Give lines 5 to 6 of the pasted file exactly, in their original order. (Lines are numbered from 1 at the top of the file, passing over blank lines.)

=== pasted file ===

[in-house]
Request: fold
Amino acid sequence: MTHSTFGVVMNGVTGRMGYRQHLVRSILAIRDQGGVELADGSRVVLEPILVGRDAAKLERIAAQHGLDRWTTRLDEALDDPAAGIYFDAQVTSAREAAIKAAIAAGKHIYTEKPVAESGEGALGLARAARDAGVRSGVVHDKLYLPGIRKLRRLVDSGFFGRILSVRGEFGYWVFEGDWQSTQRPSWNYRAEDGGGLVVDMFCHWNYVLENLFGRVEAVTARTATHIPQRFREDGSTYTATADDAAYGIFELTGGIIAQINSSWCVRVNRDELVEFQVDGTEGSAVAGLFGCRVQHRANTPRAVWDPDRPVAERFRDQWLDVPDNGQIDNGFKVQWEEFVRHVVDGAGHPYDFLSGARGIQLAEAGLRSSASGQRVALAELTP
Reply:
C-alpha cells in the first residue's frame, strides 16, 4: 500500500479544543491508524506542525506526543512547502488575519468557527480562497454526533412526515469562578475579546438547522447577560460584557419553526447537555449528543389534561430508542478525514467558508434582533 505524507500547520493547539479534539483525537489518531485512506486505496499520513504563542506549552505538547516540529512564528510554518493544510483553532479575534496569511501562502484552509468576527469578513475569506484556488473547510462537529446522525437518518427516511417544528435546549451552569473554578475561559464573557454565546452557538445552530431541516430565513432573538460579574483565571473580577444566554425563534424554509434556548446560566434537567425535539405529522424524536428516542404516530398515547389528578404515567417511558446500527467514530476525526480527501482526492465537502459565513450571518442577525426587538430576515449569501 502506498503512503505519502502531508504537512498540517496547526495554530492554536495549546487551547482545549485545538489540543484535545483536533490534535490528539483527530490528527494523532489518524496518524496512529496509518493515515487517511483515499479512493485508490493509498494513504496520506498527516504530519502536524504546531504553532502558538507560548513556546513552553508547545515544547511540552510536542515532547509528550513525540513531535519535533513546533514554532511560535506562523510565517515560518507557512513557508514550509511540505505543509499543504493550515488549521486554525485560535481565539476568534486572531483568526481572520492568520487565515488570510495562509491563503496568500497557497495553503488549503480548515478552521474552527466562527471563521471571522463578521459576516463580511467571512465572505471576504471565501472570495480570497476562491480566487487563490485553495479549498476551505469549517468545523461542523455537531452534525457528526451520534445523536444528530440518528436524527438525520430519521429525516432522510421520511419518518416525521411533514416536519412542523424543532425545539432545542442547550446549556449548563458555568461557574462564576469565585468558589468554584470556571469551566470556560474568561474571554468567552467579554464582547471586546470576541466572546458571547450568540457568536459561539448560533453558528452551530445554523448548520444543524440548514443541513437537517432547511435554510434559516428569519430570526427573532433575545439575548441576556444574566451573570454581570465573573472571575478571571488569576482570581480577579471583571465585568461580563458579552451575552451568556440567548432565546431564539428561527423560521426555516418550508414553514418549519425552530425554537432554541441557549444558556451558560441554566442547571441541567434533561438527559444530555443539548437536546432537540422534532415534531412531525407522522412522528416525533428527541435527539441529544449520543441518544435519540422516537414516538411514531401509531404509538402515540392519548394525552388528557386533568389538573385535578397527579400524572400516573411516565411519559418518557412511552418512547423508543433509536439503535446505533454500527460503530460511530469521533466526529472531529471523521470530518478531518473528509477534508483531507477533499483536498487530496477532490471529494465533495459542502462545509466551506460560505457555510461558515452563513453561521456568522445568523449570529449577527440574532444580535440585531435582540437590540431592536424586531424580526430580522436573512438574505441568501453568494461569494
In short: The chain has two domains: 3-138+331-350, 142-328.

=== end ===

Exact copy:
C-alpha cells in the first residue's frame, strides 16, 4: 500500500479544543491508524506542525506526543512547502488575519468557527480562497454526533412526515469562578475579546438547522447577560460584557419553526447537555449528543389534561430508542478525514467558508434582533 505524507500547520493547539479534539483525537489518531485512506486505496499520513504563542506549552505538547516540529512564528510554518493544510483553532479575534496569511501562502484552509468576527469578513475569506484556488473547510462537529446522525437518518427516511417544528435546549451552569473554578475561559464573557454565546452557538445552530431541516430565513432573538460579574483565571473580577444566554425563534424554509434556548446560566434537567425535539405529522424524536428516542404516530398515547389528578404515567417511558446500527467514530476525526480527501482526492465537502459565513450571518442577525426587538430576515449569501 502506498503512503505519502502531508504537512498540517496547526495554530492554536495549546487551547482545549485545538489540543484535545483536533490534535490528539483527530490528527494523532489518524496518524496512529496509518493515515487517511483515499479512493485508490493509498494513504496520506498527516504530519502536524504546531504553532502558538507560548513556546513552553508547545515544547511540552510536542515532547509528550513525540513531535519535533513546533514554532511560535506562523510565517515560518507557512513557508514550509511540505505543509499543504493550515488549521486554525485560535481565539476568534486572531483568526481572520492568520487565515488570510495562509491563503496568500497557497495553503488549503480548515478552521474552527466562527471563521471571522463578521459576516463580511467571512465572505471576504471565501472570495480570497476562491480566487487563490485553495479549498476551505469549517468545523461542523455537531452534525457528526451520534445523536444528530440518528436524527438525520430519521429525516432522510421520511419518518416525521411533514416536519412542523424543532425545539432545542442547550446549556449548563458555568461557574462564576469565585468558589468554584470556571469551566470556560474568561474571554468567552467579554464582547471586546470576541466572546458571547450568540457568536459561539448560533453558528452551530445554523448548520444543524440548514443541513437537517432547511435554510434559516428569519430570526427573532433575545439575548441576556444574566451573570454581570465573573472571575478571571488569576482570581480577579471583571465585568461580563458579552451575552451568556440567548432565546431564539428561527423560521426555516418550508414553514418549519425552530425554537432554541441557549444558556451558560441554566442547571441541567434533561438527559444530555443539548437536546432537540422534532415534531412531525407522522412522528416525533428527541435527539441529544449520543441518544435519540422516537414516538411514531401509531404509538402515540392519548394525552388528557386533568389538573385535578397527579400524572400516573411516565411519559418518557412511552418512547423508543433509536439503535446505533454500527460503530460511530469521533466526529472531529471523521470530518478531518473528509477534508483531507477533499483536498487530496477532490471529494465533495459542502462545509466551506460560505457555510461558515452563513453561521456568522445568523449570529449577527440574532444580535440585531435582540437590540431592536424586531424580526430580522436573512438574505441568501453568494461569494
In short: The chain has two domains: 3-138+331-350, 142-328.